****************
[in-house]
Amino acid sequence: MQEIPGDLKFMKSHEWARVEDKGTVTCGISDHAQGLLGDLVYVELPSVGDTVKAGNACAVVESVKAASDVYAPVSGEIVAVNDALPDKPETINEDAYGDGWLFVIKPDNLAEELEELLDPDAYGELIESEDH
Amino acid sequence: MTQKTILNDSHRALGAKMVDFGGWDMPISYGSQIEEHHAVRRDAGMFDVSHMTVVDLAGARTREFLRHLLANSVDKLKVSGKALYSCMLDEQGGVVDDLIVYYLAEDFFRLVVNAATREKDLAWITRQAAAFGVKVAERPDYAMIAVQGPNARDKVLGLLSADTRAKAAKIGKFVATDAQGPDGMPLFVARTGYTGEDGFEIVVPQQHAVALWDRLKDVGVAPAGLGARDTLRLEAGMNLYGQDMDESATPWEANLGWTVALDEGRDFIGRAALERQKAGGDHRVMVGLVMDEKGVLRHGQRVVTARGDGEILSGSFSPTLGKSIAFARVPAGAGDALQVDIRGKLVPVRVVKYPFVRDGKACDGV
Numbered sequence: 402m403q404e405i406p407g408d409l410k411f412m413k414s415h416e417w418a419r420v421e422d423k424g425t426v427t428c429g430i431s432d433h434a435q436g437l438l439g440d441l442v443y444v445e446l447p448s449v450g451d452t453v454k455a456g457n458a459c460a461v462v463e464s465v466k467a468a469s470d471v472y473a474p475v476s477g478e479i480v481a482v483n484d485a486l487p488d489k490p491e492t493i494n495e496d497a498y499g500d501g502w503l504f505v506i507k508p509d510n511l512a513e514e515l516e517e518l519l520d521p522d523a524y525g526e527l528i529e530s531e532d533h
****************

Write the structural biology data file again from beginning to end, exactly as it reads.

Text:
[in-house]
Amino acid sequence: MQEIPGDLKFMKSHEWARVEDKGTVTCGISDHAQGLLGDLVYVELPSVGDTVKAGNACAVVESVKAASDVYAPVSGEIVAVNDALPDKPETINEDAYGDGWLFVIKPDNLAEELEELLDPDAYGELIESEDH
Amino acid sequence: MTQKTILNDSHRALGAKMVDFGGWDMPISYGSQIEEHHAVRRDAGMFDVSHMTVVDLAGARTREFLRHLLANSVDKLKVSGKALYSCMLDEQGGVVDDLIVYYLAEDFFRLVVNAATREKDLAWITRQAAAFGVKVAERPDYAMIAVQGPNARDKVLGLLSADTRAKAAKIGKFVATDAQGPDGMPLFVARTGYTGEDGFEIVVPQQHAVALWDRLKDVGVAPAGLGARDTLRLEAGMNLYGQDMDESATPWEANLGWTVALDEGRDFIGRAALERQKAGGDHRVMVGLVMDEKGVLRHGQRVVTARGDGEILSGSFSPTLGKSIAFARVPAGAGDALQVDIRGKLVPVRVVKYPFVRDGKACDGV
Numbered sequence: 402m403q404e405i406p407g408d409l410k411f412m413k414s415h416e417w418a419r420v421e422d423k424g425t426v427t428c429g430i431s432d433h434a435q436g437l438l439g440d441l442v443y444v445e446l447p448s449v450g451d452t453v454k455a456g457n458a459c460a461v462v463e464s465v466k467a468a469s470d471v472y473a474p475v476s477g478e479i480v481a482v483n484d485a486l487p488d489k490p491e492t493i494n495e496d497a498y499g500d501g502w503l504f505v506i507k508p509d510n511l512a513e514e515l516e517e518l519l520d521p522d523a524y525g526e527l528i529e530s531e532d533h